There wasn't much movement on this plot point for quite a while, though the development was used as yet another tragedy meant to push Scarlet Witch over the edge — a trend which would only continue. The twins could've stayed figments of Wanda's imagination forever, but Heinberg and Cheung chose to bring them back for "Young Avengers" in the best possible way. Don't think too hard about it, but the souls Wanda had thought lost forever were reborn into two other kids: Billy Kaplan and Tommy Shepherd. At first they had no idea of their parentage or their relation to one another. However, once the two met, they couldn't ignore the fact that they looked exactly alike and that Billy had reality-warping powers similar to Scarlet Witch's, while Tommy had all the speed of Wanda's brother Quicksilver. Personally, I can't wait for the MCU to introduce Billy's shapeshifting boyfriend (and eventual husband), fellow Young Avenger Teddy Altman, aka Hulkling, so hopefully we won't have to wait too long to meet aged-up versions of Billy and Tommy.


Eli Bradley was introduced last year in "The Falcon and the Winter Soldier," played by Elijah Richardson. Much like in the comics, he is the grandson of super soldier Isaiah Bradley (for more info on the Black Captain America, read the 2003 miniseries "Truth: Red, White & Black" from the late Robert Morales and Kyle Baker). We haven't seen much of Eli in the MCU yet and don't know a lot about him beyond the fact that he is understandably protective over his grandfather.

Patriot also debuted in "Young Avengers" #1, and served as leader of the team — at least until Kate Bishop showed up. He initially appears to have the same powers as his grandfather, though it's later divulged that his abilities were artificial and that he'd been taking MGH (Marvel's power-granting drug, Mutant Growth Hormone). Eli knew the world needed heroes, so he turned himself into one, thinking he needed powers to do so. Despite this revelation, Eli remained a valued member of the Young Avengers, though it took him some time to get over feeling ashamed when his teammates learned the truth. Plus, he does wind up with real powers eventually, thanks to a blood transfusion from Isaiah after he was shot. He was injured taking a bullet for Captain America!

Kid Loki

While it's true that Kid Loki's 2021 appearance in "Loki" could've been little more than an Easter egg, as a huge fan of all versions of Loki, particularly this one, I'm hoping the MCU has more in store. Played by Jack Veal, Kid Loki showed up as one of several Loki variants in the Disney+ series. We don't know much about him beyond the fact that he's immensely powerful and killed Thor in his own timeline, for which he was pruned and sent to the Void by the Time Variance Authority. Hopefully, we'll see more of him in season 2.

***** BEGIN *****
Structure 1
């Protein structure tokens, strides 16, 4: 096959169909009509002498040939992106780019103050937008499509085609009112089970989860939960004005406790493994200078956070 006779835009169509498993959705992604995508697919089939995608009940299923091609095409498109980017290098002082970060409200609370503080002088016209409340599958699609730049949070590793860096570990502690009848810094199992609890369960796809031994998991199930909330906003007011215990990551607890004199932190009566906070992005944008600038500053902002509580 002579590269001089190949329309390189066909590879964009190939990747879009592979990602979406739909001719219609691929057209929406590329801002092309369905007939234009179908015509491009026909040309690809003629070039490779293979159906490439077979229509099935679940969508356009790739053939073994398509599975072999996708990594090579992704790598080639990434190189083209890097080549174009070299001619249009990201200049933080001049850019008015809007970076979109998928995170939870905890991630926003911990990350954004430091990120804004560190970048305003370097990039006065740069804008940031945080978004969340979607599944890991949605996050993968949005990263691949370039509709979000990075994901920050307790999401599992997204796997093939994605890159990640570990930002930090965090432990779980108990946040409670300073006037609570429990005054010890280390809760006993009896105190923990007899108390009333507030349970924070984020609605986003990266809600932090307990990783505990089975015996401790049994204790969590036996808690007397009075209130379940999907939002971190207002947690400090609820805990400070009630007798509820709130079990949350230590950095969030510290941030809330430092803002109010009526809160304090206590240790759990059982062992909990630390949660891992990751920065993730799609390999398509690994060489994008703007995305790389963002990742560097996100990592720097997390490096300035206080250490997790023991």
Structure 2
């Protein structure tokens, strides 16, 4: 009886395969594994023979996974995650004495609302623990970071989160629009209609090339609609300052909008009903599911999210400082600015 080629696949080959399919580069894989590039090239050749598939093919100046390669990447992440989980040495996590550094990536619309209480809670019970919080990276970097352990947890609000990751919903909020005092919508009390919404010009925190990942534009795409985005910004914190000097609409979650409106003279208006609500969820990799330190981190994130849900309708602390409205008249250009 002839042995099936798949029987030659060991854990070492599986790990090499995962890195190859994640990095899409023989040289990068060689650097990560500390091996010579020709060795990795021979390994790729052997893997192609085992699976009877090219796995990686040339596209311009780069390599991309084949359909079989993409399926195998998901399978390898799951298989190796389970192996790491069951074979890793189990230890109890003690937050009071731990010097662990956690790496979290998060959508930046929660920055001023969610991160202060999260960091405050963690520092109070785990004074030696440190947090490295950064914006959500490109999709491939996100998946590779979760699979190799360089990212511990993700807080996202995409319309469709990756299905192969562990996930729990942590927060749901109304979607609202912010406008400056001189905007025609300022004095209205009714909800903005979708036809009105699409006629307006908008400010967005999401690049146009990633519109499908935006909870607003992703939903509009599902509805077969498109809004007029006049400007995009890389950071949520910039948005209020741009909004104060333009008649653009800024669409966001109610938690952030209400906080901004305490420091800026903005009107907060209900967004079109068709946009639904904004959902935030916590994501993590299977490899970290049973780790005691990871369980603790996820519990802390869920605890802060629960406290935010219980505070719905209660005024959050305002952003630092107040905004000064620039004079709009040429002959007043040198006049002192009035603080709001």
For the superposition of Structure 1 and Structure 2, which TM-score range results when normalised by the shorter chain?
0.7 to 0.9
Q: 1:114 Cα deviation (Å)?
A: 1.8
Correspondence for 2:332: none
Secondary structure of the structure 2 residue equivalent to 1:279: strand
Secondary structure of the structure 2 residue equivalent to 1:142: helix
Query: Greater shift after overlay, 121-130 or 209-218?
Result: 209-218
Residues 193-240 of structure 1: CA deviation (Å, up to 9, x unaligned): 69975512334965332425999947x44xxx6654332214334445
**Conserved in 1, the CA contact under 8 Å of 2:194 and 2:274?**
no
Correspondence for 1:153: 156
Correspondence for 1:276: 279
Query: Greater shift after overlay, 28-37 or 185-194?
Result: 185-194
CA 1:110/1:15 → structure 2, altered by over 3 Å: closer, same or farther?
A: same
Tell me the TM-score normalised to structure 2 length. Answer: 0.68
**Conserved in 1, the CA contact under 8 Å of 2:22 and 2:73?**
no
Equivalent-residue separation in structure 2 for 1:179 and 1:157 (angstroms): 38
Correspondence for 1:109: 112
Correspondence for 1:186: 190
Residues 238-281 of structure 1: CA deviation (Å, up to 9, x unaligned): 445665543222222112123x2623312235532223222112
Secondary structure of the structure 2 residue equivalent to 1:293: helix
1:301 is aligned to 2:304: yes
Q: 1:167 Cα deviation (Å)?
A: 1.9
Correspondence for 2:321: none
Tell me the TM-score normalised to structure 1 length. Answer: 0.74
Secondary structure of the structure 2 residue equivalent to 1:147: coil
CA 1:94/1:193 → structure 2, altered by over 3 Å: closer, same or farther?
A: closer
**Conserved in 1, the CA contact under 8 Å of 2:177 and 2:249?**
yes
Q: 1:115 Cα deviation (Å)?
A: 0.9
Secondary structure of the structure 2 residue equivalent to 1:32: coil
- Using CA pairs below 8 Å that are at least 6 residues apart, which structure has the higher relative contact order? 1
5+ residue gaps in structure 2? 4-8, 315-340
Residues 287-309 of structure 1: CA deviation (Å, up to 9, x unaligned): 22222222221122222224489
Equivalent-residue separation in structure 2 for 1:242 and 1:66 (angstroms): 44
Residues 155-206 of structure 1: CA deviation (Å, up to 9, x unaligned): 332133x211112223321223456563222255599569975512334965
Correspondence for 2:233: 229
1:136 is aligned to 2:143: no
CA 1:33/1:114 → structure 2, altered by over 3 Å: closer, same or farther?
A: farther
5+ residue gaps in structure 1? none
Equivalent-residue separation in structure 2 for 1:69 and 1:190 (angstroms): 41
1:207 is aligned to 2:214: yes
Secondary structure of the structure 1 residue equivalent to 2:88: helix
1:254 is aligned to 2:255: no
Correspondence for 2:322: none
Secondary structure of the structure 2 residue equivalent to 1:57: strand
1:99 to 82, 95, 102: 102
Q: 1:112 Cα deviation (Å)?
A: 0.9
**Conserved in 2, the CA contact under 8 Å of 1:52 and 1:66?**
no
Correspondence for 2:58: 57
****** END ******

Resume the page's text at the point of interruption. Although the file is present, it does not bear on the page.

There is quite a lot to the story of Kid Loki in the comics. Created by Matt Fraction and Pasqual Ferry, the character debuted in "Thor" #617 in 2010, but became an integral part of Young Avengers during the Gillen/McKelvie run. It all started with Loki's death at the hands of the Sentry (who had given into the whispers of the Void). Of course, the God of Mischief had a plan and had already manipulated Hela into striking his name from the Book of Hel, which enabled him to be reborn, as opposed to actually dying.

If you're curious about the pre-Young Avengers exploits of Kid Loki (and you really should be), read Kieron Gillen's "Journey Into Mystery," which has amazing art by Doug Braithwaite and Whilce Portacio, among others. One vital thing to know about Kid Loki is that he wants to be good, despite the fact that it's not really in his nature. Plus, he had Ikol, a remnant of the original Loki's spirit, constantly whispering in his ear. Ikol couldn't be trusted — because of course he couldn't — and eventually he took over Kid Loki's body. However, Kid Loki wasn't really gone (though his presence was proven to be a manifestation of Loki's guilt) and this duality lived on within him as he became a Young Avenger.